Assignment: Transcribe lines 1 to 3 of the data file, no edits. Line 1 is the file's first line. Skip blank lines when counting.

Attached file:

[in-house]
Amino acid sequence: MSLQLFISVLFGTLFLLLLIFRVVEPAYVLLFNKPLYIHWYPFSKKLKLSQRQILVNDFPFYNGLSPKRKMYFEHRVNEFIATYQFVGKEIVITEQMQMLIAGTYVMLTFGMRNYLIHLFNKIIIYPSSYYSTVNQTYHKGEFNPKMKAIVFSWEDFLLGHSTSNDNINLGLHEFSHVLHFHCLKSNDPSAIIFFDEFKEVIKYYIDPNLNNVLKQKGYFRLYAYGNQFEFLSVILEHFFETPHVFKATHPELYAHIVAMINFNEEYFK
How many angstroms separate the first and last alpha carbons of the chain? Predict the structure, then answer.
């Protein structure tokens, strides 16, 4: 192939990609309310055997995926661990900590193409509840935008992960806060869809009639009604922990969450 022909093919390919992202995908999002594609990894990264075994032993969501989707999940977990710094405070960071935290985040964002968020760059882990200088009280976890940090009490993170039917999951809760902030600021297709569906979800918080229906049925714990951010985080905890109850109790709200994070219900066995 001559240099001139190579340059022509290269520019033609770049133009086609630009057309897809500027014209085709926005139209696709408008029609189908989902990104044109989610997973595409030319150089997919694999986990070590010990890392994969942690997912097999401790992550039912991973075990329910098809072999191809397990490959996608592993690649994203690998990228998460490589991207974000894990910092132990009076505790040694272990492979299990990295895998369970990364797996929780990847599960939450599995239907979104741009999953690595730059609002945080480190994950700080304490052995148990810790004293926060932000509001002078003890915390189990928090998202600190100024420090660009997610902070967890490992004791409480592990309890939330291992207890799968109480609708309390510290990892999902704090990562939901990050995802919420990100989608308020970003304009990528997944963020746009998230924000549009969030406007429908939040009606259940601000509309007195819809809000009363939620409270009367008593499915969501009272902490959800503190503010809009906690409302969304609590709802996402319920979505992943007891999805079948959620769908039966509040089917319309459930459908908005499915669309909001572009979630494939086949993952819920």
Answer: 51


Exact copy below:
[in-house]
Amino acid sequence: MSLQLFISVLFGTLFLLLLIFRVVEPAYVLLFNKPLYIHWYPFSKKLKLSQRQILVNDFPFYNGLSPKRKMYFEHRVNEFIATYQFVGKEIVITEQMQMLIAGTYVMLTFGMRNYLIHLFNKIIIYPSSYYSTVNQTYHKGEFNPKMKAIVFSWEDFLLGHSTSNDNINLGLHEFSHVLHFHCLKSNDPSAIIFFDEFKEVIKYYIDPNLNNVLKQKGYFRLYAYGNQFEFLSVILEHFFETPHVFKATHPELYAHIVAMINFNEEYFK
How many angstroms separate the first and last alpha carbons of the chain? Predict the structure, then answer.